She attended O’Fallon Township High School, was a member of the Spanish Club, and selected McKendree for the academics, she said.
One perk is that she is close to home. She lives on campus and likes the size of the school.
“I love McKendree. I have made so many connections. It’s been great,” she said.
Her career goal is to work in an institution or school.
“I just want to help people. I’d like to spend more time abroad – travel and learn. I want to go to South America. Maybe work in the Peace Corps.”
Her Cuba trip was not through McKendree per se but organized by a Spanish professor. Two faculty, two alumni and a classmate also went, and it was an eye-opening experience about the changes taking place there.
During the week stay, she said they couldn’t contact people and have their cell phone in use.
“It was such a good detox,” she said.
She left Japan wanting to return.
There is a custom of a wishing tree they have — ‘It’s to meet you again,’ she said.
“I definitely want to see the people I’ve met in Japan again,” she said.
Emily Berry survey
Q: Do you have words to live by?
Treat people the way you would like to be treated.
Q: Whom do you most admire?
My friends and family.
Q: If you could spend time with a famous person, past or present, whom would it be?
Q: What is the last book that you read?
When She Woke by: Hillary Jordan.
Q: What do you do for fun and relaxation?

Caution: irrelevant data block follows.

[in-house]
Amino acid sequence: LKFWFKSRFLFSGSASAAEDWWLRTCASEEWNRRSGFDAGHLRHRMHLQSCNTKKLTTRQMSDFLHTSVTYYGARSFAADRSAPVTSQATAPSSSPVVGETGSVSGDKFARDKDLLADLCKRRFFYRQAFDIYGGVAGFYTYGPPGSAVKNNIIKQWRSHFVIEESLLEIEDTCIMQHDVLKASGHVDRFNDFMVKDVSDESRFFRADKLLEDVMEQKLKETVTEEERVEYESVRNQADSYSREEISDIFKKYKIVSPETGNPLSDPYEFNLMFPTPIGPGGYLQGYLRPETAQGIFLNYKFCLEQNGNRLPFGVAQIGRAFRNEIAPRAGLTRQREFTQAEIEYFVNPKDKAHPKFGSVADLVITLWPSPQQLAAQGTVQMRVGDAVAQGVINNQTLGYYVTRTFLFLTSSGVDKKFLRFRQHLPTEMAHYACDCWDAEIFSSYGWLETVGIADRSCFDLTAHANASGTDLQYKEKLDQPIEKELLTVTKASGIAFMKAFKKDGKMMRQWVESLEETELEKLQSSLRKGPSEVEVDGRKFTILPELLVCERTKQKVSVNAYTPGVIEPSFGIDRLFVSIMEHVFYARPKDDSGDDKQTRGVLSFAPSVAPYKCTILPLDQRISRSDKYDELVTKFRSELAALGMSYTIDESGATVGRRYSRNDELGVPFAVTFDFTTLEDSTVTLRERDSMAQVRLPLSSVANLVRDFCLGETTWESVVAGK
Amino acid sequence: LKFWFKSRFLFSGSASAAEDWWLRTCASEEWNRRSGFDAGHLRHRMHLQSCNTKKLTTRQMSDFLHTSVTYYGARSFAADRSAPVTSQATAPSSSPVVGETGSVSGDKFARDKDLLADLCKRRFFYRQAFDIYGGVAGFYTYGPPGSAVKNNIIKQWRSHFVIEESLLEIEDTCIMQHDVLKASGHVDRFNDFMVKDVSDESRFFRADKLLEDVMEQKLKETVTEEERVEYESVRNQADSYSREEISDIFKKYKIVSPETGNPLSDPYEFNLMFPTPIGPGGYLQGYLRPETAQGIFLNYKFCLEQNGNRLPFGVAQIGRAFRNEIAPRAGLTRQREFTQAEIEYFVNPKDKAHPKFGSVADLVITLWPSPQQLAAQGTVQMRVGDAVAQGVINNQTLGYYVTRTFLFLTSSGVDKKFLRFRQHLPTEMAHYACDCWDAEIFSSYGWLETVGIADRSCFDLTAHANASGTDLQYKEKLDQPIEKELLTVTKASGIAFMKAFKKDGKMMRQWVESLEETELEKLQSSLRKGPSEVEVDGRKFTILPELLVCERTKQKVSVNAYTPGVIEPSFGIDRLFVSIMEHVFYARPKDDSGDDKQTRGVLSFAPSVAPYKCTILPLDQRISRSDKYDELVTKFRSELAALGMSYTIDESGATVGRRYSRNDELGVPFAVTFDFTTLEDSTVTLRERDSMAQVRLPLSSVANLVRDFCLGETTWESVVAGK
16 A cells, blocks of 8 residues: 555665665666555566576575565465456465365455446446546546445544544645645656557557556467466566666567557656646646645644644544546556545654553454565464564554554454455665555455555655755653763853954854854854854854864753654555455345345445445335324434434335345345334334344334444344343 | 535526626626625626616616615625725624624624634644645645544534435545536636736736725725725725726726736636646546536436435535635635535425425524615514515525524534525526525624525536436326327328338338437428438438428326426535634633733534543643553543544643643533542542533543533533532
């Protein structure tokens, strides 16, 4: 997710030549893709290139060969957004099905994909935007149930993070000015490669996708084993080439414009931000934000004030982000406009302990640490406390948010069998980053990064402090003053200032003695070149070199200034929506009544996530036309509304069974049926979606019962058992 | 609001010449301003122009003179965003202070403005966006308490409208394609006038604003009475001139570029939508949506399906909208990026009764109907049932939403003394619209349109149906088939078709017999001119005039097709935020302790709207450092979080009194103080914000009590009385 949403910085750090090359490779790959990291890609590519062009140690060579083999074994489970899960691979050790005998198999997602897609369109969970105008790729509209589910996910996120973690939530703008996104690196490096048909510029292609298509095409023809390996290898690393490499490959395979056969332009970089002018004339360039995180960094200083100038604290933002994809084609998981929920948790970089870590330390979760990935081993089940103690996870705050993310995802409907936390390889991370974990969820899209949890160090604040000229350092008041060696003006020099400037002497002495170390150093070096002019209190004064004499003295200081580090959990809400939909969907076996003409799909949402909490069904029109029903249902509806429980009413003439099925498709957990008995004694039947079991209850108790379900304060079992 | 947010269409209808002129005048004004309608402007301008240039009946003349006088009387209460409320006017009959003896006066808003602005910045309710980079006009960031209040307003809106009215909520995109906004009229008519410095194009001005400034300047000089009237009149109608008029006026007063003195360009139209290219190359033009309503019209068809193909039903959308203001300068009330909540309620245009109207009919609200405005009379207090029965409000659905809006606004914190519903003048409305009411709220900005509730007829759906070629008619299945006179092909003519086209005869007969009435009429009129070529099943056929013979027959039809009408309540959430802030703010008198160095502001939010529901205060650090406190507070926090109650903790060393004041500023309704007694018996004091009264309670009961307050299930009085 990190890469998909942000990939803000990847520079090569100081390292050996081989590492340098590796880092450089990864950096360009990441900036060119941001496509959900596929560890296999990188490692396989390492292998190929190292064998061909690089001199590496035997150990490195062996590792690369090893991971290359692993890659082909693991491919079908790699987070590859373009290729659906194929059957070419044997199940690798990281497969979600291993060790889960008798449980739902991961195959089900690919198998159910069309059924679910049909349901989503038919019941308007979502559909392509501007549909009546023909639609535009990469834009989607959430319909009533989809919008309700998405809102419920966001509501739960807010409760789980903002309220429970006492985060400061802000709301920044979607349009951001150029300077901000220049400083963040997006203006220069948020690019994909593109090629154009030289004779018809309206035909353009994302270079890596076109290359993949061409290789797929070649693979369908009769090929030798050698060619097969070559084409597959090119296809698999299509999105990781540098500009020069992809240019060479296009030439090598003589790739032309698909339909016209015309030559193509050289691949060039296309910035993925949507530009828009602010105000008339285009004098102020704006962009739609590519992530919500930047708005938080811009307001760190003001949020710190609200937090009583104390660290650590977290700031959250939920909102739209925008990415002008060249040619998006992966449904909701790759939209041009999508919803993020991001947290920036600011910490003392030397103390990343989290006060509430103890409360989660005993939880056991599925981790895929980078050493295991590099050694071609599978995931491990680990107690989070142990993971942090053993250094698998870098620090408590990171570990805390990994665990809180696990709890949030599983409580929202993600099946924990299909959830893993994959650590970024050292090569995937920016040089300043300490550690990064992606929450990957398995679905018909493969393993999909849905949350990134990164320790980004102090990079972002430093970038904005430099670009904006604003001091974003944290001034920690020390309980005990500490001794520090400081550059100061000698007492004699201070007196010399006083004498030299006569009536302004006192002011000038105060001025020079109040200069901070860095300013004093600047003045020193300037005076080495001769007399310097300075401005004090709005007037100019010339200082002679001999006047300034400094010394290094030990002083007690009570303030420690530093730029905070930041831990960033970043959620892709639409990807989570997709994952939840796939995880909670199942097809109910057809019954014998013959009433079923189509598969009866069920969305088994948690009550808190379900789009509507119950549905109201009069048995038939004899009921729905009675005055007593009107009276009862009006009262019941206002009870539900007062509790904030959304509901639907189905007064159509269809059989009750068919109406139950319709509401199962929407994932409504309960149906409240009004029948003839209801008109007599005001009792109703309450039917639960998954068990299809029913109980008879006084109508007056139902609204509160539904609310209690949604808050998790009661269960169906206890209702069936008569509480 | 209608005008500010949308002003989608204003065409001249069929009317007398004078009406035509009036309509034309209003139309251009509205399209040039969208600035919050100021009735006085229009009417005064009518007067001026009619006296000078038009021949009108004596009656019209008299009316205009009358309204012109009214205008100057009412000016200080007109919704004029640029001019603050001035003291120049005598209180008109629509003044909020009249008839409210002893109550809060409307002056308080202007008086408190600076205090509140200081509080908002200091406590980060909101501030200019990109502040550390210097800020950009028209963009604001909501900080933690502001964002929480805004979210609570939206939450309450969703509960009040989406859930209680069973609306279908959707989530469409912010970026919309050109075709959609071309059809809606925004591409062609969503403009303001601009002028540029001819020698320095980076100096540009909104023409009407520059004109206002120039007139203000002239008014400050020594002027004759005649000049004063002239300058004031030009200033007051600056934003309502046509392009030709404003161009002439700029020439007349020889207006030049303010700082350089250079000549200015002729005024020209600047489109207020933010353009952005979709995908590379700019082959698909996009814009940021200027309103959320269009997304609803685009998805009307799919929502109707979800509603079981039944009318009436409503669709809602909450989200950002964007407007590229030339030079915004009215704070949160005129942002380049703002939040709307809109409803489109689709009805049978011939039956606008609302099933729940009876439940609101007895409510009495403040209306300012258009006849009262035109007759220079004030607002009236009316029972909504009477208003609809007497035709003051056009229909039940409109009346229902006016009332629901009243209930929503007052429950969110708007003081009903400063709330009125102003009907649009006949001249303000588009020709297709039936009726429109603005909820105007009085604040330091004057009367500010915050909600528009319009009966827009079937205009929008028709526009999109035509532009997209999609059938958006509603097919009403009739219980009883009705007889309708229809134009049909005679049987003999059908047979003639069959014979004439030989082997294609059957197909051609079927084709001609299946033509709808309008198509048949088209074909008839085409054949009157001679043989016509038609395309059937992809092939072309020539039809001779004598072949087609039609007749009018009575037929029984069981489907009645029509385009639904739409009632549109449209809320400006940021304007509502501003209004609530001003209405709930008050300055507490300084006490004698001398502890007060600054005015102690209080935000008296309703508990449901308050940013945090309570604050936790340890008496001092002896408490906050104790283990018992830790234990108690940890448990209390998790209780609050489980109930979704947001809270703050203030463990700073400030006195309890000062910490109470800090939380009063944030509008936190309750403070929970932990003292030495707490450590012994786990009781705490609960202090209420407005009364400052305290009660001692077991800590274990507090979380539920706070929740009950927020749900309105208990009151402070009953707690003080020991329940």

Exercise, bake, or create art.
Q: What is the usual state of your desktop?
Cluttered but in an organized fashion.
Q: What did you want to do career wise when you were growing up?
Veterinarian, teacher, then occupational therapist, and now I want to be a counselor.
Q: What do you think is your most outstanding characteristic?
Listening to others.
Q: What irritates you most?
Q: What type of music do you listen to?
Anything with a catchy beat- my playlist is all over the place: Spanish, hip-hop, pop, rock, indie, classical, show-tunes, etc.
Q: What do you like most about your job?
I work at the YMCA as a camp counselor during the summer, so I enjoy listening to to the campers and helping them create an unforgettable summer.
During the fall/spring I work on campus as a Spanish tutor and a game room attendant and I enjoy helping the students and getting to know them.
Q: If you were independently wealthy, what would you be doing?
Traveling, learning, and helping others.
Q: When they make a movie of your life, who would play you?
Q: If you were stranded on a deserted island, what would you have with you?
Pencil and paper- to write/draw/or practice origami.